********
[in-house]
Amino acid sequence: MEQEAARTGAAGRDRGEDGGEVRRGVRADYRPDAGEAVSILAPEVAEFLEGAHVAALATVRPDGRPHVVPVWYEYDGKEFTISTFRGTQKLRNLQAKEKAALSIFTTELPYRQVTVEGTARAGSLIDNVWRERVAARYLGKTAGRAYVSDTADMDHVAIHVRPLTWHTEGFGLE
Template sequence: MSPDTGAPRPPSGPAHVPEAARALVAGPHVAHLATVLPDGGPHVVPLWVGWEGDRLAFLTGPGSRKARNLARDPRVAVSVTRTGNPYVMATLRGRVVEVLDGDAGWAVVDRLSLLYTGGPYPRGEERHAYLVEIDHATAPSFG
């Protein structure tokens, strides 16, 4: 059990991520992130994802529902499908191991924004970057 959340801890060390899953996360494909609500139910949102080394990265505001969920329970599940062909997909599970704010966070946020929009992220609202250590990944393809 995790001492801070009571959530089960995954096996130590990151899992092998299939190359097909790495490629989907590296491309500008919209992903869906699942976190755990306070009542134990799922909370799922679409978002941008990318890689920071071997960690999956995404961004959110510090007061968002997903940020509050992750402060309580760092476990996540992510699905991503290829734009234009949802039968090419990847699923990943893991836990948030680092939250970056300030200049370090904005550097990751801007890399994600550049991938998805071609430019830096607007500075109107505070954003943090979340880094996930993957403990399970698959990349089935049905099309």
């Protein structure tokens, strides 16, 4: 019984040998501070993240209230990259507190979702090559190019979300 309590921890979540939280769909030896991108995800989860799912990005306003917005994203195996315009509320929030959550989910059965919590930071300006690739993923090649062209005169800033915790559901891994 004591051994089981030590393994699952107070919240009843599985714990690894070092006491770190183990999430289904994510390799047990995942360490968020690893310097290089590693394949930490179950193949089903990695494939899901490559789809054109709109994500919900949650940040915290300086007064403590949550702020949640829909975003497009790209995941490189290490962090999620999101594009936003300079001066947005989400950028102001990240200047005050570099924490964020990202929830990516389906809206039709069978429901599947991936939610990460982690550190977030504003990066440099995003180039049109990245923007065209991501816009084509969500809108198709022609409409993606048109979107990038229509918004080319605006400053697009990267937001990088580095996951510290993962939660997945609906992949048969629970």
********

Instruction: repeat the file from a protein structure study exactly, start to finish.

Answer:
[in-house]
Amino acid sequence: MEQEAARTGAAGRDRGEDGGEVRRGVRADYRPDAGEAVSILAPEVAEFLEGAHVAALATVRPDGRPHVVPVWYEYDGKEFTISTFRGTQKLRNLQAKEKAALSIFTTELPYRQVTVEGTARAGSLIDNVWRERVAARYLGKTAGRAYVSDTADMDHVAIHVRPLTWHTEGFGLE
Template sequence: MSPDTGAPRPPSGPAHVPEAARALVAGPHVAHLATVLPDGGPHVVPLWVGWEGDRLAFLTGPGSRKARNLARDPRVAVSVTRTGNPYVMATLRGRVVEVLDGDAGWAVVDRLSLLYTGGPYPRGEERHAYLVEIDHATAPSFG
């Protein structure tokens, strides 16, 4: 059990991520992130994802529902499908191991924004970057 959340801890060390899953996360494909609500139910949102080394990265505001969920329970599940062909997909599970704010966070946020929009992220609202250590990944393809 995790001492801070009571959530089960995954096996130590990151899992092998299939190359097909790495490629989907590296491309500008919209992903869906699942976190755990306070009542134990799922909370799922679409978002941008990318890689920071071997960690999956995404961004959110510090007061968002997903940020509050992750402060309580760092476990996540992510699905991503290829734009234009949802039968090419990847699923990943893991836990948030680092939250970056300030200049370090904005550097990751801007890399994600550049991938998805071609430019830096607007500075109107505070954003943090979340880094996930993957403990399970698959990349089935049905099309």
């Protein structure tokens, strides 16, 4: 019984040998501070993240209230990259507190979702090559190019979300 309590921890979540939280769909030896991108995800989860799912990005306003917005994203195996315009509320929030959550989910059965919590930071300006690739993923090649062209005169800033915790559901891994 004591051994089981030590393994699952107070919240009843599985714990690894070092006491770190183990999430289904994510390799047990995942360490968020690893310097290089590693394949930490179950193949089903990695494939899901490559789809054109709109994500919900949650940040915290300086007064403590949550702020949640829909975003497009790209995941490189290490962090999620999101594009936003300079001066947005989400950028102001990240200047005050570099924490964020990202929830990516389906809206039709069978429901599947991936939610990460982690550190977030504003990066440099995003180039049109990245923007065209991501816009084509969500809108198709022609409409993606048109979107990038229509918004080319605006400053697009990267937001990088580095996951510290993962939660997945609906992949048969629970």